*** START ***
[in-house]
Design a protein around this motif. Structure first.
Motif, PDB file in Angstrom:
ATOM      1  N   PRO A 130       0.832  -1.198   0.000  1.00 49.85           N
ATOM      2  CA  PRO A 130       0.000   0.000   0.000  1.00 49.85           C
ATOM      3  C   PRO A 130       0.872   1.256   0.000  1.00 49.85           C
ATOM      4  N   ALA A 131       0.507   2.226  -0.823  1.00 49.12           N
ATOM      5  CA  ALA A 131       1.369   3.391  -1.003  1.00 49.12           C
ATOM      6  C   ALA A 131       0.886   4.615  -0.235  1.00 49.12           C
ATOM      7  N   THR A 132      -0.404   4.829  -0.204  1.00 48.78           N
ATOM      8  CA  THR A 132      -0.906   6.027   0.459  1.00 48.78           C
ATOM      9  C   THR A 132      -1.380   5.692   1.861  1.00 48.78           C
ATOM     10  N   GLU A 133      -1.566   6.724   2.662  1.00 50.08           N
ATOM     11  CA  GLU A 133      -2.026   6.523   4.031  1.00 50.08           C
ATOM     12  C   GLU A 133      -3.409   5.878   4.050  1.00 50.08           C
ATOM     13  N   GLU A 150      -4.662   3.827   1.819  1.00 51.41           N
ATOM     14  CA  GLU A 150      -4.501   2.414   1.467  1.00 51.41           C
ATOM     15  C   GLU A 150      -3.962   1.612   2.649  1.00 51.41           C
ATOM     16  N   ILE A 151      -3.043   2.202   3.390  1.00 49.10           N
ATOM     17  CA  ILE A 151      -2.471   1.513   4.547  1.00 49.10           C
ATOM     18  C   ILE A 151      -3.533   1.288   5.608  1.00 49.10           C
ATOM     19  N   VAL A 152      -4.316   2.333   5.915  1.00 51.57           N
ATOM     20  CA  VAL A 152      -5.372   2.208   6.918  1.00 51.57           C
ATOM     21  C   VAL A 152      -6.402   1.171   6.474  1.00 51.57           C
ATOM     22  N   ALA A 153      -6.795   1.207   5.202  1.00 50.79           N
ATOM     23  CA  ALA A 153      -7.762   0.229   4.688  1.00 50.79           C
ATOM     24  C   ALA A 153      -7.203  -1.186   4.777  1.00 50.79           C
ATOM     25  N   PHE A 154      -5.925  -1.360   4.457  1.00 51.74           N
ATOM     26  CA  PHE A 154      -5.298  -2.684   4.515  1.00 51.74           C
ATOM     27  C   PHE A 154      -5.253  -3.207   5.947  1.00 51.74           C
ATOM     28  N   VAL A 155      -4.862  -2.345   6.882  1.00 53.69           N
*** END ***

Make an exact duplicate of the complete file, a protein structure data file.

[in-house]
Design a protein around this motif. Structure first.
Motif, PDB file in Angstrom:
ATOM      1  N   PRO A 130       0.832  -1.198   0.000  1.00 49.85           N
ATOM      2  CA  PRO A 130       0.000   0.000   0.000  1.00 49.85           C
ATOM      3  C   PRO A 130       0.872   1.256   0.000  1.00 49.85           C
ATOM      4  N   ALA A 131       0.507   2.226  -0.823  1.00 49.12           N
ATOM      5  CA  ALA A 131       1.369   3.391  -1.003  1.00 49.12           C
ATOM      6  C   ALA A 131       0.886   4.615  -0.235  1.00 49.12           C
ATOM      7  N   THR A 132      -0.404   4.829  -0.204  1.00 48.78           N
ATOM      8  CA  THR A 132      -0.906   6.027   0.459  1.00 48.78           C
ATOM      9  C   THR A 132      -1.380   5.692   1.861  1.00 48.78           C
ATOM     10  N   GLU A 133      -1.566   6.724   2.662  1.00 50.08           N
ATOM     11  CA  GLU A 133      -2.026   6.523   4.031  1.00 50.08           C
ATOM     12  C   GLU A 133      -3.409   5.878   4.050  1.00 50.08           C
ATOM     13  N   GLU A 150      -4.662   3.827   1.819  1.00 51.41           N
ATOM     14  CA  GLU A 150      -4.501   2.414   1.467  1.00 51.41           C
ATOM     15  C   GLU A 150      -3.962   1.612   2.649  1.00 51.41           C
ATOM     16  N   ILE A 151      -3.043   2.202   3.390  1.00 49.10           N
ATOM     17  CA  ILE A 151      -2.471   1.513   4.547  1.00 49.10           C
ATOM     18  C   ILE A 151      -3.533   1.288   5.608  1.00 49.10           C
ATOM     19  N   VAL A 152      -4.316   2.333   5.915  1.00 51.57           N
ATOM     20  CA  VAL A 152      -5.372   2.208   6.918  1.00 51.57           C
ATOM     21  C   VAL A 152      -6.402   1.171   6.474  1.00 51.57           C
ATOM     22  N   ALA A 153      -6.795   1.207   5.202  1.00 50.79           N
ATOM     23  CA  ALA A 153      -7.762   0.229   4.688  1.00 50.79           C
ATOM     24  C   ALA A 153      -7.203  -1.186   4.777  1.00 50.79           C
ATOM     25  N   PHE A 154      -5.925  -1.360   4.457  1.00 51.74           N
ATOM     26  CA  PHE A 154      -5.298  -2.684   4.515  1.00 51.74           C
ATOM     27  C   PHE A 154      -5.253  -3.207   5.947  1.00 51.74           C
ATOM     28  N   VAL A 155      -4.862  -2.345   6.882  1.00 53.69           N